The other issue that makes electronic discovery dangerous is the unwillingness of courts to entertain meaningful confidentiality protections for the data. The traditional default approach has been to place the burden to protect sensitive electronic and other data on the defendant and, in many cases, to insist on a document-by-document justification for protecting the documents.

Editor: Do you feel that corporations are exposed to unreasonable penalties for failures to find electronic documents?

Koon: One problem in this area is that the starting premise - that e-documents and data should be treated in the same way that other data is treated - is a fallacy. The way we create, use, share and store e-data is qualitatively different from the way we dealt with hard-copy materials. Frankly, I am not convinced that even the most meticulous company following the most comprehensive document retention policy and using the most advanced software and techniques can say with assurance that they have collected and properly stored 100 percent of the e-documents and data that parties involved in disputes years later will determine are relevant.

The Doomsday scenario is that you spend several million dollars collecting documents only to have someone come forward with a copy of a document from another source that was not collected during the electronic document capture phase. In such a situation you can find yourself on the wrong end of a sanctions motion. It is a tremendously difficult issue and the proposed amendments to the federal rules may not be of much help. The real quandary for CEOs and general counsel will remain if the rules are amended; how can you both continue to do business while fully complying with document retention policies and exceptions to those policies such that one can make a meaningful representation to the court that they have done the best they can to collect documents that later become relevant.

Editor: Do judges try to move class actions along so rapidly that they sacrifice fairness?

Koon: Judges have been urged to move their class action dockets expeditiously. One consequence of speeding up these dockets is that defendants can be subjected to improvidently granted class certifications. These decisions not only hurt the affected defendant but contribute to the decisional law that supports demands by plaintiffs that other courts give only cursory attention to defendants' objections to class certification pending appeals. The only encouraging development I have seen in this areas is in the medical monitoring claims, where courts are recognizing that individual healthcare decisions are the basis of medical monitoring claims and that, by definition, such claims are unsuited for class action treatment.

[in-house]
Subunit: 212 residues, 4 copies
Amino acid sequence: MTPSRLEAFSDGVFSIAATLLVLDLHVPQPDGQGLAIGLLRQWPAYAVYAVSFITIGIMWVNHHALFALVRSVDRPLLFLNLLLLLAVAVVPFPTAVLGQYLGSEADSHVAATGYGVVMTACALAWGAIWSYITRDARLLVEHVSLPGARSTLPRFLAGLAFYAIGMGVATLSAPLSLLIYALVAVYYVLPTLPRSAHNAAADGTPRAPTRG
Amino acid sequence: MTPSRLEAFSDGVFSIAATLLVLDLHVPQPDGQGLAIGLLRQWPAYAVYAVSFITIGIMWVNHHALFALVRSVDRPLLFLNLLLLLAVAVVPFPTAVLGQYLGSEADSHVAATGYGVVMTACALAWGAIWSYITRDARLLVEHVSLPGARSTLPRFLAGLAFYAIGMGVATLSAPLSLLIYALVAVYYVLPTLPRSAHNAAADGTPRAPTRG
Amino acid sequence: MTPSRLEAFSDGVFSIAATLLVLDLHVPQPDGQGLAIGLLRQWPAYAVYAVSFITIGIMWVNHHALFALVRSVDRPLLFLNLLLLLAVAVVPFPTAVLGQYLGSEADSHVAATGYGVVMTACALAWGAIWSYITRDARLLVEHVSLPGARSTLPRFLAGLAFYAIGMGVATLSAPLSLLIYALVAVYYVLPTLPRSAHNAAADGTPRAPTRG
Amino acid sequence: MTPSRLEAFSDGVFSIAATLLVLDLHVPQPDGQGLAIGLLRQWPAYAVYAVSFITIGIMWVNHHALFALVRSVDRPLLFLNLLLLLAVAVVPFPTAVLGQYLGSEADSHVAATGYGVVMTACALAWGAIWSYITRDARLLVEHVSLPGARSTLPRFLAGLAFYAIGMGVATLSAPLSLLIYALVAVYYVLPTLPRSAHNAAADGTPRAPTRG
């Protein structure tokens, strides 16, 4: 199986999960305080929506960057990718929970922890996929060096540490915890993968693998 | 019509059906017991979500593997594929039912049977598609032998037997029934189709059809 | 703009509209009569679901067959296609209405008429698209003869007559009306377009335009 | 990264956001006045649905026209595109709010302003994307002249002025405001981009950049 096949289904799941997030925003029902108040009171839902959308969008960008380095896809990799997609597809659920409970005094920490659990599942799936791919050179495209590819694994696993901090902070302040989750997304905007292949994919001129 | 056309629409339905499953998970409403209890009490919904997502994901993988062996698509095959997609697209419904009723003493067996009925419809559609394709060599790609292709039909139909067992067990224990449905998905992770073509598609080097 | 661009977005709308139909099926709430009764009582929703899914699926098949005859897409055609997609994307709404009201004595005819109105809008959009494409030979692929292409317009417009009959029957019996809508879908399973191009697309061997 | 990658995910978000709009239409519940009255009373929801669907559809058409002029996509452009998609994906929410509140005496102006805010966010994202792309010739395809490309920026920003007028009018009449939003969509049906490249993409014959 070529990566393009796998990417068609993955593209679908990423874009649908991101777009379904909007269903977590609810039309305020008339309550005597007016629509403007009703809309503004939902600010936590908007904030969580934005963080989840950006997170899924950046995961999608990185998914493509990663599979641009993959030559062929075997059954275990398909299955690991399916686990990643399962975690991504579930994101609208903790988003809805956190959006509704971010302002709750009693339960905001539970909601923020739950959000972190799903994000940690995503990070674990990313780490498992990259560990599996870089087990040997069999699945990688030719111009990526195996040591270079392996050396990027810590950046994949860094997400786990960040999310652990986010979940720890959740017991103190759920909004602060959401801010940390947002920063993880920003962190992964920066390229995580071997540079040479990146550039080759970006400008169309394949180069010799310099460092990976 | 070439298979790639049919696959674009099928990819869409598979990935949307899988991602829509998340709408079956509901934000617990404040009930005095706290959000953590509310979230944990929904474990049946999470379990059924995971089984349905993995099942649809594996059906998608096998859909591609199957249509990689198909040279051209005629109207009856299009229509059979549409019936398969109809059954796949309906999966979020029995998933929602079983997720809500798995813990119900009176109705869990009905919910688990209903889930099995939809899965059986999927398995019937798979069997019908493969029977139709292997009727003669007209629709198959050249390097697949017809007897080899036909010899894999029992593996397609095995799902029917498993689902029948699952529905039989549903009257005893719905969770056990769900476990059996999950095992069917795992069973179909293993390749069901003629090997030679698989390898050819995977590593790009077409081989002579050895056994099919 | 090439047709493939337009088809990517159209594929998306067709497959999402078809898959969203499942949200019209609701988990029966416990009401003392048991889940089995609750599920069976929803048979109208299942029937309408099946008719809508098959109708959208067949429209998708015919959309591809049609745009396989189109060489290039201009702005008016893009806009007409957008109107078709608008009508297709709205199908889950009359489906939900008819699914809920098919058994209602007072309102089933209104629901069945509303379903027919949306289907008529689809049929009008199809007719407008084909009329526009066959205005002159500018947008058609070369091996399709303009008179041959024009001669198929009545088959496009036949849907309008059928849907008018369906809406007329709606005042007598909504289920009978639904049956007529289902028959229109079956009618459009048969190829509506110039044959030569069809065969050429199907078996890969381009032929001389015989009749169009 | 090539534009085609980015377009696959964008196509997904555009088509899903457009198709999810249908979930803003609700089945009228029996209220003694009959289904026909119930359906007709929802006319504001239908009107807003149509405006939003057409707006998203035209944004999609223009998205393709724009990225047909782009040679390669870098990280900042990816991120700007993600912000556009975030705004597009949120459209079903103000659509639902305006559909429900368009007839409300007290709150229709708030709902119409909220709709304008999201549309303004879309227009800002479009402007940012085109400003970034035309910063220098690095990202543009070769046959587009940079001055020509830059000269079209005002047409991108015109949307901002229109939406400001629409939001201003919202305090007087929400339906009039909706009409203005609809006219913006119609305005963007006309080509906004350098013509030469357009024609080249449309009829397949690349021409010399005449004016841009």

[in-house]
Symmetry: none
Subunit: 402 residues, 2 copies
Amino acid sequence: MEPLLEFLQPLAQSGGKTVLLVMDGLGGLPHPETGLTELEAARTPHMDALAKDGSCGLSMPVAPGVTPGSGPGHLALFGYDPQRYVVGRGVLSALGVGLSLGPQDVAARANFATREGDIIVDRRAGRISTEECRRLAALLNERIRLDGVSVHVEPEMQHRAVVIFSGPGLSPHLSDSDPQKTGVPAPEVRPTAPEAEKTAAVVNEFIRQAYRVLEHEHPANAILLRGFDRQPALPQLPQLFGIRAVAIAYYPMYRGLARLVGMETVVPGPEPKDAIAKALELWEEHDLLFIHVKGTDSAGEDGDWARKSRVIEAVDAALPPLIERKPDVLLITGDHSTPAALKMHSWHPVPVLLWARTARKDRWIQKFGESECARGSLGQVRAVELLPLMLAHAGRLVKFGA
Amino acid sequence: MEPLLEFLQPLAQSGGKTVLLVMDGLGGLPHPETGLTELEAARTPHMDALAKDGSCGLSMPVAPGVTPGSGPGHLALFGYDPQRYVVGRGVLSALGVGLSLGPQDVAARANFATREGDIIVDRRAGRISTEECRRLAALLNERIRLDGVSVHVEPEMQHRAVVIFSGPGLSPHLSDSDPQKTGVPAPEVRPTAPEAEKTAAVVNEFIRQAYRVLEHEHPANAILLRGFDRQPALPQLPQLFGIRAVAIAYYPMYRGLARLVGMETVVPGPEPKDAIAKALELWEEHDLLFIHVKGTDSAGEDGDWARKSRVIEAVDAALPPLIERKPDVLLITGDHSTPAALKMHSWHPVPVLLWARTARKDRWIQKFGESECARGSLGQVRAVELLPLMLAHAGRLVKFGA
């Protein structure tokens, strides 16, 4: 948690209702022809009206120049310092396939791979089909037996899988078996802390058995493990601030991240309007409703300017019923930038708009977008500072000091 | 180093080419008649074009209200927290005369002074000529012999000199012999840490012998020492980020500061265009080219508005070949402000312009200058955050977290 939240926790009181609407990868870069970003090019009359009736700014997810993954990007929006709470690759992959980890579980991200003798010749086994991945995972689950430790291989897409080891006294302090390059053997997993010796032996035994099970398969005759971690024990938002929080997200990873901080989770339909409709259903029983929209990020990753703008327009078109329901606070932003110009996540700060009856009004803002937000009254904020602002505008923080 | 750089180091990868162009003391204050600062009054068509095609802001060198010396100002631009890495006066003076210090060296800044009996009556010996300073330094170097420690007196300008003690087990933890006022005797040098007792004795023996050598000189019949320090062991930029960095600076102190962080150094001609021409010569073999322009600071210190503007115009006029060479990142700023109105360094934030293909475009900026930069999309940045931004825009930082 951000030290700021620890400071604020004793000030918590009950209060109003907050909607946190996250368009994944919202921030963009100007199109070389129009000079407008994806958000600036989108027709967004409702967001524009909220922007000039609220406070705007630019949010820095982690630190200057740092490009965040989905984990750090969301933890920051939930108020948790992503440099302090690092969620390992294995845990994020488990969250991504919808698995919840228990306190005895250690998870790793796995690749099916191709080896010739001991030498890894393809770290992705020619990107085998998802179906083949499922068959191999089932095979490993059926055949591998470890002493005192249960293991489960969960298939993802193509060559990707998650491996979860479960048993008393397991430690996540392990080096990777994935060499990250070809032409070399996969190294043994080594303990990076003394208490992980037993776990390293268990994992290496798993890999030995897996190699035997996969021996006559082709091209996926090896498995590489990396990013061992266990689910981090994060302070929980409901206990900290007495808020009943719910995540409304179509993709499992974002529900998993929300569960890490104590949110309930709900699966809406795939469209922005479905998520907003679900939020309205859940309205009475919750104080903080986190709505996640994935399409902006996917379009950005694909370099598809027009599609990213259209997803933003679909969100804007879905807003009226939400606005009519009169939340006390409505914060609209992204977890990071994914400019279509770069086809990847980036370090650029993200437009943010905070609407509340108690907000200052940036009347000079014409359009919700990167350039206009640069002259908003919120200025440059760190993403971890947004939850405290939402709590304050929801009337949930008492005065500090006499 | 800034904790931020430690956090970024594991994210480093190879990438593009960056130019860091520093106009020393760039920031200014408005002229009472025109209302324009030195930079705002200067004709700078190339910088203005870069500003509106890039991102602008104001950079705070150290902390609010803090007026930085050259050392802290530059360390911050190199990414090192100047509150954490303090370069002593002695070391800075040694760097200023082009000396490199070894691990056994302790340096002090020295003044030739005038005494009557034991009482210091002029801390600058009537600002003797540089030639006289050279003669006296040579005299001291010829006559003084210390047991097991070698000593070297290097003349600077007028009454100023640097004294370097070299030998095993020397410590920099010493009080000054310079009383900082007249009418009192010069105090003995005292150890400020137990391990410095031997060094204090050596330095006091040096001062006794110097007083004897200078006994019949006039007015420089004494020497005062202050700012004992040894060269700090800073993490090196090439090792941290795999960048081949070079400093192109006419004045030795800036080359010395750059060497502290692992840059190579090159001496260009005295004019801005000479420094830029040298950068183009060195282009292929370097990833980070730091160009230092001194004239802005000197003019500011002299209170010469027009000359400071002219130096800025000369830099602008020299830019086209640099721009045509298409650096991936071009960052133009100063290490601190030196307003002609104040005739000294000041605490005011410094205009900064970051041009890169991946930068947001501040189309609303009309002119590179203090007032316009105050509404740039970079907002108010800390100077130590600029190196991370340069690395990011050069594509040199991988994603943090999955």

Editor: Your firm was recently named Product Liability Law Firm of year. Undoubtedly, your firm was recognized primarily for its expertise. Are there other activities of the firm that may also have contributed to receiving that honor?

Koon: We try to go the extra mile to foster improvements in the way product liability matters are adjudicated in America. My partner, Victor Schwartz, and our public policy group have made a great contribution to enacting federal and state legislation that addresses many of the concerns of corporate counsel that you have asked about in this interview. Members of our product liability group track the work of judicial rulemaking bodies at both the federal and state levels, serving as members or witnesses. They have supported improvements in the rules that also relate to the concerns addressed in this interview.

I might also mention our efforts to educate the judiciary about legal issues of concern to those involved in the product liability area. For example, we recently had a national e-discovery forum in Kansas City. Judge Scheindlin came as well as a number of other federal district court judges interested in the subject. We support the Product Liability Advisory Council, particularly its effort to provide judges with the information they need. Our view is that our clients are helped by smart juries and well informed judges who are receptive to listening to cases and deciding them on the facts as opposed to emotions.

Please email the interviewee at with questions about this interview.